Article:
Although clearly concluding that naturally occurring genes (isolated or not) are not patentable, the Court nevertheless indicated that cDNA is patent eligible, a decision that has led to at least one commentary questioning the scientific basis of that decision (http://www.bloomberg.com/news/2013-06-13/the-supreme-court-s-bad-science-on-gene-patents.html/). Granted, cDNA is not naturally occurring and, if made from mRNA, is an altered form of the intact gene, as it excludes introns. But the sequence of cDNA is dictated by the sequence of its template mRNA or DNA. Given that the Court concluded that Myriad did not alter the genetic information of the isolated BRCA genes, and if cDNA does not alter the information encoded by the cellular mRNA (or DNA), shouldn't the same decision on patent eligibility apply to cDNA?

Nevertheless, companies seeking to develop genetic tests of BRCA genes do not seem perturbed that the cDNA might be patent protected. There are many ways in which a genetic sequence can be analyzed, and therefore a patent claim on a cDNA can be easily sidestepped. Moreover, new technology and cheaper genomic sequencing may eventually obviate the need to employ cDNA in gene testing. Interestingly, the Court's decision stated that not all cDNAs would be patent eligible, as those originally derived from DNA without introns might not be. That qualification could specifically affect patents on bacterial or viral cDNAs, which would extend the decision's reach.

Thus, the full impact of the Court's ruling has yet to be felt. A recent analysis published in Nature Biotechnology concluded that about 8,000 patents involving genes—and, of these, 3,500 involving human genes—would probably be invalidated by the Court's decision (Nat. Biotechnol. 31, 404–410, 2013). However, the number of US patent applications involving human genes has declined since its peak in 1999, and in 2001 the US Patent Office revised its examination guidelines to more explicitly require evidence of utility of an isolated gene in a patent application, thereby limiting the ability for someone to receive a patent on gene sequence alone. So, although the patent landscape will now be indelibly altered by this ruling, the effect on research and development could be modest.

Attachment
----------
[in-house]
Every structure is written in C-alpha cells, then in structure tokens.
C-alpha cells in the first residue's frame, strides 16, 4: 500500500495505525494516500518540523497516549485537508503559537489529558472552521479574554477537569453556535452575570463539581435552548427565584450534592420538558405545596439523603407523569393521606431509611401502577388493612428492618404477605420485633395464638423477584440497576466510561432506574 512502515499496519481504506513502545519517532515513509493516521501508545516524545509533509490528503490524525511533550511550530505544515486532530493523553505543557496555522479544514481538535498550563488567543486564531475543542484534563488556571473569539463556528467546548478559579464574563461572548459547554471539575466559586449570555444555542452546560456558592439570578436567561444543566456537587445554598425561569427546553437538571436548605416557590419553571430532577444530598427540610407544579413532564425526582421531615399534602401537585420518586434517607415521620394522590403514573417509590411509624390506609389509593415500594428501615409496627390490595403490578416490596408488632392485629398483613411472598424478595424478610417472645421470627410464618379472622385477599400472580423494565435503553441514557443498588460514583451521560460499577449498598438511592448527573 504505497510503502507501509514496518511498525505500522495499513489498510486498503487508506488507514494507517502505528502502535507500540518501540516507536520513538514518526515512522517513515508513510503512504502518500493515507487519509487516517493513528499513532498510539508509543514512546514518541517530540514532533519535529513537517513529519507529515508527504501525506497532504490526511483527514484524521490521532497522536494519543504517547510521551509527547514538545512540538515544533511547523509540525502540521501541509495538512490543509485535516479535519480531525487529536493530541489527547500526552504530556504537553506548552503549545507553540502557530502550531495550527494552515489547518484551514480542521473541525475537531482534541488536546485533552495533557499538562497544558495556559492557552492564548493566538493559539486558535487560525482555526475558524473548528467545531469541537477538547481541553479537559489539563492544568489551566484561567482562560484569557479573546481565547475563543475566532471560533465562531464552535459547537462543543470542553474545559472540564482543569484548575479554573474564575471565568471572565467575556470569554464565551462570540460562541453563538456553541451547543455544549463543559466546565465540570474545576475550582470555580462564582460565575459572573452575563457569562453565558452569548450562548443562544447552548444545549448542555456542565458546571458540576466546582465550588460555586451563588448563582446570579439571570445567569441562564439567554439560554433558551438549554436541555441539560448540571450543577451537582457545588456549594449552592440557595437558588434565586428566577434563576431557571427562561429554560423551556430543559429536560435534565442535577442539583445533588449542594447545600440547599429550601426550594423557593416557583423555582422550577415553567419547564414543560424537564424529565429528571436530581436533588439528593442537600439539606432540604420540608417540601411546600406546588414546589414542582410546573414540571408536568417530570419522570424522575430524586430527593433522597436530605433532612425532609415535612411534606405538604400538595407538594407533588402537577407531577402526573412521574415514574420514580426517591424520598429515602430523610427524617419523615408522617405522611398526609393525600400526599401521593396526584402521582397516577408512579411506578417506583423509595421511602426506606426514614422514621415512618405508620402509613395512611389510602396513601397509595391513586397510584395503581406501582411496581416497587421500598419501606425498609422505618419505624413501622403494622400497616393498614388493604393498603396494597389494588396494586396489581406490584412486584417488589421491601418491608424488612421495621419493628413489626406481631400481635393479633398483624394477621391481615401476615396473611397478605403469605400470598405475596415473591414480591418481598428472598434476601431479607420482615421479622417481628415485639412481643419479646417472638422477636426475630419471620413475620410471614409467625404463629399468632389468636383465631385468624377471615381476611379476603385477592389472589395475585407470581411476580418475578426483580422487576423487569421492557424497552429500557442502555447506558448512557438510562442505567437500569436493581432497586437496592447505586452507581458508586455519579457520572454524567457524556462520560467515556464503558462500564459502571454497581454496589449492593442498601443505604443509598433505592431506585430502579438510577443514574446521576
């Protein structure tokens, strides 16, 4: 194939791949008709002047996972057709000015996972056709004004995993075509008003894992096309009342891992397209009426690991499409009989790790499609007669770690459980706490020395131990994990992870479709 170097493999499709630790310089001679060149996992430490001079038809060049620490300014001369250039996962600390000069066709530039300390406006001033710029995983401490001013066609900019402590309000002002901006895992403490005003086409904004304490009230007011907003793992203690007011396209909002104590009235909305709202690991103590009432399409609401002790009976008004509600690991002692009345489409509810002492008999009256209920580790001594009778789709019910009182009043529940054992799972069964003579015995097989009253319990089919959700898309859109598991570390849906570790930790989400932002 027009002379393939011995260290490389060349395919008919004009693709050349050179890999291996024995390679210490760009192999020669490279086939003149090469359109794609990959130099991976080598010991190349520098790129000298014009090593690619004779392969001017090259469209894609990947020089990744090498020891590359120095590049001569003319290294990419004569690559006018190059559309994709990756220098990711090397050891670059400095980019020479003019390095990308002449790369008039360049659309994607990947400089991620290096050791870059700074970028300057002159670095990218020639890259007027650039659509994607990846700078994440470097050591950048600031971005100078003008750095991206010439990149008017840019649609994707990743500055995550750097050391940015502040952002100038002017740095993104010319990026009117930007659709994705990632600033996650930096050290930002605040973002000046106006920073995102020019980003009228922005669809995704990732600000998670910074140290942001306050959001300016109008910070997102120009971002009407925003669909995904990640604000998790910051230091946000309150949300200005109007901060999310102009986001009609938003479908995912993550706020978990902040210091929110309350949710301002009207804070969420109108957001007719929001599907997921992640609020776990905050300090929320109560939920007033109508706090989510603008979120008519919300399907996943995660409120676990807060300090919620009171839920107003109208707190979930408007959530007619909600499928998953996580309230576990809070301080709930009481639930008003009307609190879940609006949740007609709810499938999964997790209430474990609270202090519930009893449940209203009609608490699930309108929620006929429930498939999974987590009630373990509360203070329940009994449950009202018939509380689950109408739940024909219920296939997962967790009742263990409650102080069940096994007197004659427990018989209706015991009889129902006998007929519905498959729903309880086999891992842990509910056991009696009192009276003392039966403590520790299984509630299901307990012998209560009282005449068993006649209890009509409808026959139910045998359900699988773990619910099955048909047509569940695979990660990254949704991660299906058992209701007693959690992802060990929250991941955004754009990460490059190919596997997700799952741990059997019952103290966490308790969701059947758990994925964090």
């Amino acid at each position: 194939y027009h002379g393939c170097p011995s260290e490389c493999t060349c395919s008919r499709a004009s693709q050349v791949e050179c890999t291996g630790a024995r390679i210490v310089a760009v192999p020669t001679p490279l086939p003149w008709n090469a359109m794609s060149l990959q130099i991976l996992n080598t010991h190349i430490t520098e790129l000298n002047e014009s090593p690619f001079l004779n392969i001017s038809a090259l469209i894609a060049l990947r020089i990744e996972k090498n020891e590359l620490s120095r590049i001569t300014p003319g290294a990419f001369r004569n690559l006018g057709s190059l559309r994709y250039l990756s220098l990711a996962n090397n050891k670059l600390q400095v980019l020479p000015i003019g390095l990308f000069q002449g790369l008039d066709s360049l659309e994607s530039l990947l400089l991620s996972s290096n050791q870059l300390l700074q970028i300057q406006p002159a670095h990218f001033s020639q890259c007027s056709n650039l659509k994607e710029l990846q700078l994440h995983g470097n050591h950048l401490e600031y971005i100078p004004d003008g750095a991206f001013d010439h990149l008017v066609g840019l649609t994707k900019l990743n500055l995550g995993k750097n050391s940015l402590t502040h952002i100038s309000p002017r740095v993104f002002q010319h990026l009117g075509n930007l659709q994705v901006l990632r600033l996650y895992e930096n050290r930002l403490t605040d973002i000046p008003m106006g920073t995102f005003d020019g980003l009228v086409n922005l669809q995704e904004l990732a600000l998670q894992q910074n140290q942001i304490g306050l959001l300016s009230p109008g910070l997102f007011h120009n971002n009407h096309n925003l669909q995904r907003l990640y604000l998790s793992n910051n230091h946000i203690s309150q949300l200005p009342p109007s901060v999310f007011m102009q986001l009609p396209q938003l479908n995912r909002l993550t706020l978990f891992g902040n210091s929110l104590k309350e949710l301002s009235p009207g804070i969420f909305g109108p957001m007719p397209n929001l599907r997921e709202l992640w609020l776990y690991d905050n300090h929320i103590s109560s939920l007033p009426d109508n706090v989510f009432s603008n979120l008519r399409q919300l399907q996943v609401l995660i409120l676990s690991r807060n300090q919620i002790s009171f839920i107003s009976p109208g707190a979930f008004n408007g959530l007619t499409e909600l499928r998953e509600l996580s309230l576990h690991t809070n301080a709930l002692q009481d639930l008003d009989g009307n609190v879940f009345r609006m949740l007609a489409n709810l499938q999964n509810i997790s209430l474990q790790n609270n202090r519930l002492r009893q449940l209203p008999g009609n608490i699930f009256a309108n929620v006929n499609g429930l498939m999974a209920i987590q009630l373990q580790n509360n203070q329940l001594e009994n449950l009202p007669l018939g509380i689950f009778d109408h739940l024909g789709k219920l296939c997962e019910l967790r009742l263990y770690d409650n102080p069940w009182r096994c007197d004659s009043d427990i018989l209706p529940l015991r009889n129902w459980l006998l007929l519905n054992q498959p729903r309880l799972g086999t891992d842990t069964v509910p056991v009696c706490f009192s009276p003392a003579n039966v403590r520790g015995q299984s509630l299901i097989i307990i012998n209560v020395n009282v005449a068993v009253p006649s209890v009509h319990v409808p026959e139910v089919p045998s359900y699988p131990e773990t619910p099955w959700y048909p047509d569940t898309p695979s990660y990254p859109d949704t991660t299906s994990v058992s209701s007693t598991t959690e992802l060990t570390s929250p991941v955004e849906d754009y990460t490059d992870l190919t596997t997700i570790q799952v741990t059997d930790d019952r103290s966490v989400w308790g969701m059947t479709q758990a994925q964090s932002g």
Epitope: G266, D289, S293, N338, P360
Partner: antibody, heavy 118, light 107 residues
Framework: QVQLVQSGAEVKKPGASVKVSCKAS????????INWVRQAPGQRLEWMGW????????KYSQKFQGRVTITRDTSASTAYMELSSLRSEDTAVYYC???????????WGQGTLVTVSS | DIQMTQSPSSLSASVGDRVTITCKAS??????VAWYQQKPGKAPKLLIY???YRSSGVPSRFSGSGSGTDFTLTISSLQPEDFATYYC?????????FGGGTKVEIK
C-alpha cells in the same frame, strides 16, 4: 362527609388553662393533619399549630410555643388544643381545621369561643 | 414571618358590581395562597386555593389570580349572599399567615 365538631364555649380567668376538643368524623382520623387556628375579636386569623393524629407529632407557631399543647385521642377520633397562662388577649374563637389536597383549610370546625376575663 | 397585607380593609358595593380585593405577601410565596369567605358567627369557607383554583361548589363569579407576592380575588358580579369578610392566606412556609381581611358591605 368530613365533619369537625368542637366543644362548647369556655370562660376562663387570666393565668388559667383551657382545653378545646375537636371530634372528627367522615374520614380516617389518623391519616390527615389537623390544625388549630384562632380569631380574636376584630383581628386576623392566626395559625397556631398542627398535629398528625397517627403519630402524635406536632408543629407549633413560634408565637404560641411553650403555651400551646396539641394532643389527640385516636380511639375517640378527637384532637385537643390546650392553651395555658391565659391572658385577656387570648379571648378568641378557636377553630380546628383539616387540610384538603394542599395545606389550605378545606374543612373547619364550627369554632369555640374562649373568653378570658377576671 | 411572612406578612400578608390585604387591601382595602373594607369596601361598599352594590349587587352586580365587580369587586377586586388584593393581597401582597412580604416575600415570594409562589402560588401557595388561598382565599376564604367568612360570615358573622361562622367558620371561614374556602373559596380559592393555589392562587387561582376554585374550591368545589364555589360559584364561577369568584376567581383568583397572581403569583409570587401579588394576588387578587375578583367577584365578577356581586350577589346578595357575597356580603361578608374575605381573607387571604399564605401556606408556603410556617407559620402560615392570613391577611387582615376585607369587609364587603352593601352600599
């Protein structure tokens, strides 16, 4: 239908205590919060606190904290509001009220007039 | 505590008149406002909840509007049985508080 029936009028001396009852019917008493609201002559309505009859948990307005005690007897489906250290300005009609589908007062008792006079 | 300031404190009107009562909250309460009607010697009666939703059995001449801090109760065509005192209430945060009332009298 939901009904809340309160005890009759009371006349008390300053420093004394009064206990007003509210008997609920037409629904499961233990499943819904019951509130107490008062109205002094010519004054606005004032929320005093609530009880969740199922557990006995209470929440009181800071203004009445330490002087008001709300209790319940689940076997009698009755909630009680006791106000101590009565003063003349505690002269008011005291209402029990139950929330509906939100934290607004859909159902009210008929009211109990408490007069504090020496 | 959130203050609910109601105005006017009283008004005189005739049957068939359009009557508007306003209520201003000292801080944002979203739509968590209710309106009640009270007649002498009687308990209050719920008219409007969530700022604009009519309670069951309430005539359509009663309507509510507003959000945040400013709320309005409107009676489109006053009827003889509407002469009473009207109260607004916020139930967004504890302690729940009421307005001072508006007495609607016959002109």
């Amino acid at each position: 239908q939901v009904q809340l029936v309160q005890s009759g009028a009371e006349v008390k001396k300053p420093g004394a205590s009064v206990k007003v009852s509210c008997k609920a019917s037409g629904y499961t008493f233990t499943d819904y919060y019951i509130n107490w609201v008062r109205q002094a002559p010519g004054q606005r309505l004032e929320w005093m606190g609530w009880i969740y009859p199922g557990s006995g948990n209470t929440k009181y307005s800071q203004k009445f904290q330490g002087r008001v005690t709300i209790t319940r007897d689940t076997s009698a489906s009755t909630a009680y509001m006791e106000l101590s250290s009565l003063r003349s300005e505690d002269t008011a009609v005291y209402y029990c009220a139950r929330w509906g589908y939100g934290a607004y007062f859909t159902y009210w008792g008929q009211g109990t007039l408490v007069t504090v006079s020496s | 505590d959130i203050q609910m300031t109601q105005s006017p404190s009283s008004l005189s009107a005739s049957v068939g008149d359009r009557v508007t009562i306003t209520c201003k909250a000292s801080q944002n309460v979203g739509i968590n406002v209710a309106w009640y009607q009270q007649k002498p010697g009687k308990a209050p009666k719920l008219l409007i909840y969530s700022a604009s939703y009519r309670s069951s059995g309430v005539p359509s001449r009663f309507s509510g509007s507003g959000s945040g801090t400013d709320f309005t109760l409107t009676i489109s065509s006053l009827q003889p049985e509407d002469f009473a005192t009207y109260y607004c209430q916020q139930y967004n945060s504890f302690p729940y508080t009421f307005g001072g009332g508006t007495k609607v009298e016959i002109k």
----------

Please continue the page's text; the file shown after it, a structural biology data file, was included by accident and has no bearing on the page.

Yet some pundits argue that invalidating patents on human genes will harm the biotech industry and reduce the incentive to develop new diagnostic tests, whereas others (including industry insiders) feel that enabling competition will result in more research and development, more tests on the market and lower prices for consumers. Myriad itself issued a statement saying that their patent claims that were not challenged in the lawsuit remained valid (or at least patent eligible) and protect the intellectual property underlying their BRCA gene test—and ultimately their business model. With this ruling, the US Supreme Court has achieved an unusual situation—a win for science, for patients and for industry. Long may it last.